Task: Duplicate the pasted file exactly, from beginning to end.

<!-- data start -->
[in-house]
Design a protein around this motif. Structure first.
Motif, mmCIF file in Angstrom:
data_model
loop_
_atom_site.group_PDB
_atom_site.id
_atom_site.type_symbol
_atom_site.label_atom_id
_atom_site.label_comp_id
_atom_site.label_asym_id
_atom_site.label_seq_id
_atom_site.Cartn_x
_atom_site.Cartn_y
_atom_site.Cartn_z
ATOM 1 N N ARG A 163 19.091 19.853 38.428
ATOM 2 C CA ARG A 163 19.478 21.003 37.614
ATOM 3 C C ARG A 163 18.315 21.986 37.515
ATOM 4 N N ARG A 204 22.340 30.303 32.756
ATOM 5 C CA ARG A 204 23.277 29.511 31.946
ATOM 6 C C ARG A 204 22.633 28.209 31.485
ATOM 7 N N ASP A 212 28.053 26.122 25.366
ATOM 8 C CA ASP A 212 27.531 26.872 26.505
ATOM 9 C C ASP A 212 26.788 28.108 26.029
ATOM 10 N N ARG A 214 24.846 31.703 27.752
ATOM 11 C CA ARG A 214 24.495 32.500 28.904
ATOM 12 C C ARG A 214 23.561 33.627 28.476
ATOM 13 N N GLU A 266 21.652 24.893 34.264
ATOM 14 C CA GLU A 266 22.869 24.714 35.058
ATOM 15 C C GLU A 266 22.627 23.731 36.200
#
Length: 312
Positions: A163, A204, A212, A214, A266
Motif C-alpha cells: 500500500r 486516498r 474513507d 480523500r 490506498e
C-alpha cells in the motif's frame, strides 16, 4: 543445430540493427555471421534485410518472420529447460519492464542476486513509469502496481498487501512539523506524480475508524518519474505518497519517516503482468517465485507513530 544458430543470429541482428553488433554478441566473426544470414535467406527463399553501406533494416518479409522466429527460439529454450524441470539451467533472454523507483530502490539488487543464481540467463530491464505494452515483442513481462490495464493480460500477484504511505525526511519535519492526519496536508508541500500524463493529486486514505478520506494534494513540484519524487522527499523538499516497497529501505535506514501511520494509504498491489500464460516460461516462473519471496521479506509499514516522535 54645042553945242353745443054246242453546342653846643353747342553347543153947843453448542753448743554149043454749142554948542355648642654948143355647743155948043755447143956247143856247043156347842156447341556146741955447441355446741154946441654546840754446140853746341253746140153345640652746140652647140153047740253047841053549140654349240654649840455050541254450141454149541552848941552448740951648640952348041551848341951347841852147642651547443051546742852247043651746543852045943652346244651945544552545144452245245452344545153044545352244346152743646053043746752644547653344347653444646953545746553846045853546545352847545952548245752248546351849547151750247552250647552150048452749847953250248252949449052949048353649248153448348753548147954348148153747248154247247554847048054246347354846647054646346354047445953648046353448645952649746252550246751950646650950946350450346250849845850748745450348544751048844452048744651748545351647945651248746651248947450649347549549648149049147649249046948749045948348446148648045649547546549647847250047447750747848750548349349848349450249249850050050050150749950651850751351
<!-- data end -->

[in-house]
Design a protein around this motif. Structure first.
Motif, mmCIF file in Angstrom:
data_model
loop_
_atom_site.group_PDB
_atom_site.id
_atom_site.type_symbol
_atom_site.label_atom_id
_atom_site.label_comp_id
_atom_site.label_asym_id
_atom_site.label_seq_id
_atom_site.Cartn_x
_atom_site.Cartn_y
_atom_site.Cartn_z
ATOM 1 N N ARG A 163 19.091 19.853 38.428
ATOM 2 C CA ARG A 163 19.478 21.003 37.614
ATOM 3 C C ARG A 163 18.315 21.986 37.515
ATOM 4 N N ARG A 204 22.340 30.303 32.756
ATOM 5 C CA ARG A 204 23.277 29.511 31.946
ATOM 6 C C ARG A 204 22.633 28.209 31.485
ATOM 7 N N ASP A 212 28.053 26.122 25.366
ATOM 8 C CA ASP A 212 27.531 26.872 26.505
ATOM 9 C C ASP A 212 26.788 28.108 26.029
ATOM 10 N N ARG A 214 24.846 31.703 27.752
ATOM 11 C CA ARG A 214 24.495 32.500 28.904
ATOM 12 C C ARG A 214 23.561 33.627 28.476
ATOM 13 N N GLU A 266 21.652 24.893 34.264
ATOM 14 C CA GLU A 266 22.869 24.714 35.058
ATOM 15 C C GLU A 266 22.627 23.731 36.200
#
Length: 312
Positions: A163, A204, A212, A214, A266
Motif C-alpha cells: 500500500r 486516498r 474513507d 480523500r 490506498e
C-alpha cells in the motif's frame, strides 16, 4: 543445430540493427555471421534485410518472420529447460519492464542476486513509469502496481498487501512539523506524480475508524518519474505518497519517516503482468517465485507513530 544458430543470429541482428553488433554478441566473426544470414535467406527463399553501406533494416518479409522466429527460439529454450524441470539451467533472454523507483530502490539488487543464481540467463530491464505494452515483442513481462490495464493480460500477484504511505525526511519535519492526519496536508508541500500524463493529486486514505478520506494534494513540484519524487522527499523538499516497497529501505535506514501511520494509504498491489500464460516460461516462473519471496521479506509499514516522535 54645042553945242353745443054246242453546342653846643353747342553347543153947843453448542753448743554149043454749142554948542355648642654948143355647743155948043755447143956247143856247043156347842156447341556146741955447441355446741154946441654546840754446140853746341253746140153345640652746140652647140153047740253047841053549140654349240654649840455050541254450141454149541552848941552448740951648640952348041551848341951347841852147642651547443051546742852247043651746543852045943652346244651945544552545144452245245452344545153044545352244346152743646053043746752644547653344347653444646953545746553846045853546545352847545952548245752248546351849547151750247552250647552150048452749847953250248252949449052949048353649248153448348753548147954348148153747248154247247554847048054246347354846647054646346354047445953648046353448645952649746252550246751950646650950946350450346250849845850748745450348544751048844452048744651748545351647945651248746651248947450649347549549648149049147649249046948749045948348446148648045649547546549647847250047447750747848750548349349848349450249249850050050050150749950651850751351